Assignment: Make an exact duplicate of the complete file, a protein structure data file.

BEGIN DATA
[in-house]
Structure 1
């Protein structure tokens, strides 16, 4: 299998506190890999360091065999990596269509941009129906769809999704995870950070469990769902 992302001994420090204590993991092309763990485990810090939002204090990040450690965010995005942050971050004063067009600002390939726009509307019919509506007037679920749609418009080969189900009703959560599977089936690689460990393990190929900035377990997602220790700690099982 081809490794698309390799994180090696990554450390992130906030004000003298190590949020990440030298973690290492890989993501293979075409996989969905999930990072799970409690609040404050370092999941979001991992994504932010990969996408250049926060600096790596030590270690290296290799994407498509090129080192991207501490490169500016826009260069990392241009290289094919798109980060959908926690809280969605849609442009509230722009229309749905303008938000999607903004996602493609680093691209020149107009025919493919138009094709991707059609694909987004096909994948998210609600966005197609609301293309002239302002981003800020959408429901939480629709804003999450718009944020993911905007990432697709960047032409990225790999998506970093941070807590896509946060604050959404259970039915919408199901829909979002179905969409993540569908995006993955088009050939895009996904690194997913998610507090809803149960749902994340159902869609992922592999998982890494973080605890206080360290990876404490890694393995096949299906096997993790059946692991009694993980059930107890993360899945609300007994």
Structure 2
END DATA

[in-house]
Structure 1
């Protein structure tokens, strides 16, 4: 299998506190890999360091065999990596269509941009129906769809999704995870950070469990769902 992302001994420090204590993991092309763990485990810090939002204090990040450690965010995005942050971050004063067009600002390939726009509307019919509506007037679920749609418009080969189900009703959560599977089936690689460990393990190929900035377990997602220790700690099982 081809490794698309390799994180090696990554450390992130906030004000003298190590949020990440030298973690290492890989993501293979075409996989969905999930990072799970409690609040404050370092999941979001991992994504932010990969996408250049926060600096790596030590270690290296290799994407498509090129080192991207501490490169500016826009260069990392241009290289094919798109980060959908926690809280969605849609442009509230722009229309749905303008938000999607903004996602493609680093691209020149107009025919493919138009094709991707059609694909987004096909994948998210609600966005197609609301293309002239302002981003800020959408429901939480629709804003999450718009944020993911905007990432697709960047032409990225790999998506970093941070807590896509946060604050959404259970039915919408199901829909979002179905969409993540569908995006993955088009050939895009996904690194997913998610507090809803149960749902994340159902869609992922592999998982890494973080605890206080360290990876404490890694393995096949299906096997993790059946692991009694993980059930107890993360899945609300007994």
Structure 2